15. Select your Argon by clicking the star icon next to the name.
  16. Click the lightning bolt icon to flash your device.
  17. The device will update and flash magenta before restarting and breathing cyan again. Once it does, you should see values pop up in your serial terminal window. Try moving your hand in front of the ranger to see what happens.

Using the 4-Digit Display

Next, let's connect the 4-Digit Display and modify our code to display distance measurements from the Ultrasonic Ranger.

  1. Open the bag containing the 4-Digit Display and take one Grove connector out of the connector bag.
  2. Connect one end of the Grove connector to the display.
  3. Plug the other end of the connector into the Shield port labeled D4.
  4. As with the Ultrasonic Ranger, the 4-Digit Display uses a library. Open the libraries tab, search for Grove and click the Grove_4Digit_Display entry.
  5. Click "Include in Project", select your project and click "Confirm".
  6. Remove the auto-included text and add an include for the display library, just after the include for the Ultrasonic Ranger.
    #include "TM1637.h"
    
  7. The display library uses two digital pins for timing (CLK) and data (DIO), and we can create a few define statements to alias the D4 and D5 pins on the Shield and Argon. Add the following after your include statements:
    #define CLK D4
    #define DIO D5
    
  8. Using those aliases, we can now create a new display class instance, just after the Ultrasonic class.
    TM1637 disp(CLK,DIO);
    
  9. To use the display, we'll first need to initialize it. Add the following lines to the setup function:
    disp.init();
    //Options are: BRIGHT_TYPICAL = 2,BRIGHT_DARKEST = 0,BRIGHTEST = 7;
    disp.set(BRIGHT_TYPICAL);
    
  10. With the display set-up, we can use it to show the current reading from our Ultrasonic Ranger. First, we'll need a global variable to hold the last range reading, which you can add before the setup function.
    int lastRange = 0;
    
  11. Next, in the loop function, we can start by adding a few variables to hold state information we'll need later. Add these right after the range variable:
    int digit;
    int pos = 3;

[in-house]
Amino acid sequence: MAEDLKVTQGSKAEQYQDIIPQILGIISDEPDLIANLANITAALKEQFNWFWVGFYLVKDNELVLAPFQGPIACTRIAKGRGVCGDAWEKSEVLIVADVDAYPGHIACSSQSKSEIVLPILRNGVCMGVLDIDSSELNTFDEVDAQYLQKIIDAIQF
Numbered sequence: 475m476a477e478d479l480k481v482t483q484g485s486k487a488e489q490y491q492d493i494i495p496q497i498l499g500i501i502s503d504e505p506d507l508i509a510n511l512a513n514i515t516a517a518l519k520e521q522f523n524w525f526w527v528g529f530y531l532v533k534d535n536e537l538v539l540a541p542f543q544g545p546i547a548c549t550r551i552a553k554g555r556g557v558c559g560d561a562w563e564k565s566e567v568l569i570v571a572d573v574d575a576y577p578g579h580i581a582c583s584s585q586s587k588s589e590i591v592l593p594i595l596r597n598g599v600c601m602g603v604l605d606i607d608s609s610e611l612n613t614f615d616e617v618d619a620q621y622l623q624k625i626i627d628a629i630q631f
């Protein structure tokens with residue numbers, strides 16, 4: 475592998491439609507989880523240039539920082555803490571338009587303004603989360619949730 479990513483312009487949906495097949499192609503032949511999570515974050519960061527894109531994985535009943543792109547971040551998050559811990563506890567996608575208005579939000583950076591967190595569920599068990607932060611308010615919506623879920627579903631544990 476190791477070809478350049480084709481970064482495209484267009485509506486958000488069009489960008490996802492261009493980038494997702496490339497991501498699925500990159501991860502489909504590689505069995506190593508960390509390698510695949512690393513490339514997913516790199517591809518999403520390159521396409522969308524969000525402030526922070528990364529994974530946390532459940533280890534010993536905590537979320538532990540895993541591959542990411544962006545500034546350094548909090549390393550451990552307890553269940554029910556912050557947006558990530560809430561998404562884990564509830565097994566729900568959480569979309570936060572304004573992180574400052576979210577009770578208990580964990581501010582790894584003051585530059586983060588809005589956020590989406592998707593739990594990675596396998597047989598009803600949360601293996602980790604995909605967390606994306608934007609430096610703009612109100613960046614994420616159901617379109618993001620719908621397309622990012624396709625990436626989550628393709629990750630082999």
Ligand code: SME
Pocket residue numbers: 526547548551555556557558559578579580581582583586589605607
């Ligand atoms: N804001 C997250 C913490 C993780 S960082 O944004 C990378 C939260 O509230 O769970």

12. Then, after the range reading, add the following code to display the reading on the display:

    if (range != lastRange) {
    lastRange = range;
    
    // Fill display with zeros
    for (int i = 0; i < 4; i++) {
        disp.display(i, 0);
    }
    
    // Extract each digit from the range and write it to the display
    while (range >= 1) {
        // Get the current digit by performing modulo (%) division on the range
        digit  = range % 10;
        // Remove the trailing digit by whole-number division
        range /= 10;
    
        disp.display(pos, digit);
        pos--;
    }
    }
    

    The if statement checks to see if the current reading differs from the last. If they are the same, we don't need to update the display. If they differ, however, we'll fill the display with zeros. The rest of the code is dedicated to extracting each digit from the range variable and writing that digit to the display. One way to accomplish this is to use modulo division by 10 to get the trailing character from a number (i.e. 43 % 10 = 3), and then whole number division by ten to remove the trailing character (i.e. 43 / 10 = 4). Then, we can display the trailing character and repeat the process until there are no characters left.

    The 4-Digit Display is actually four, discrete seven-segment displays chained together. Each call to display expects a character position to write to (0, 1, 2 or 3) and a number between 0 and 15 that represents the digits 0-9 and characters A, b, C, d, E and F.

  13. Once you've added the code above, you can flash your Argon. After it comes back online, you should see readings on the display!